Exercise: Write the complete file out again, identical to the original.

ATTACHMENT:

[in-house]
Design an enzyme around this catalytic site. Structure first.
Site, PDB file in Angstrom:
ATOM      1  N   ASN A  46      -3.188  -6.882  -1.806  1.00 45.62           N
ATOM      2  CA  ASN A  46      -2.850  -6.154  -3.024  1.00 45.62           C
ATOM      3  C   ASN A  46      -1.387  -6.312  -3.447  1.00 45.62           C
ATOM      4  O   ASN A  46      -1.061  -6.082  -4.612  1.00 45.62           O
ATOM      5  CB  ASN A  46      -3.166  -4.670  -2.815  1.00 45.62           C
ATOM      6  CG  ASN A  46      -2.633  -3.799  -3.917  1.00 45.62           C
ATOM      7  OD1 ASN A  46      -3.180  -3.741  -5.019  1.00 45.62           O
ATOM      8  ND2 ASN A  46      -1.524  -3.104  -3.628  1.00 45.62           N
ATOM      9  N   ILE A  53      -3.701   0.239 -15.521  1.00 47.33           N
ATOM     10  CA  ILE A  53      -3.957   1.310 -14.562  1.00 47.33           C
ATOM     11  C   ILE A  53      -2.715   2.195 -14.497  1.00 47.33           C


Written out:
[in-house]
Design an enzyme around this catalytic site. Structure first.
Site, PDB file in Angstrom:
ATOM      1  N   ASN A  46      -3.188  -6.882  -1.806  1.00 45.62           N
ATOM      2  CA  ASN A  46      -2.850  -6.154  -3.024  1.00 45.62           C
ATOM      3  C   ASN A  46      -1.387  -6.312  -3.447  1.00 45.62           C
ATOM      4  O   ASN A  46      -1.061  -6.082  -4.612  1.00 45.62           O
ATOM      5  CB  ASN A  46      -3.166  -4.670  -2.815  1.00 45.62           C
ATOM      6  CG  ASN A  46      -2.633  -3.799  -3.917  1.00 45.62           C
ATOM      7  OD1 ASN A  46      -3.180  -3.741  -5.019  1.00 45.62           O
ATOM      8  ND2 ASN A  46      -1.524  -3.104  -3.628  1.00 45.62           N
ATOM      9  N   ILE A  53      -3.701   0.239 -15.521  1.00 47.33           N
ATOM     10  CA  ILE A  53      -3.957   1.310 -14.562  1.00 47.33           C
ATOM     11  C   ILE A  53      -2.715   2.195 -14.497  1.00 47.33           C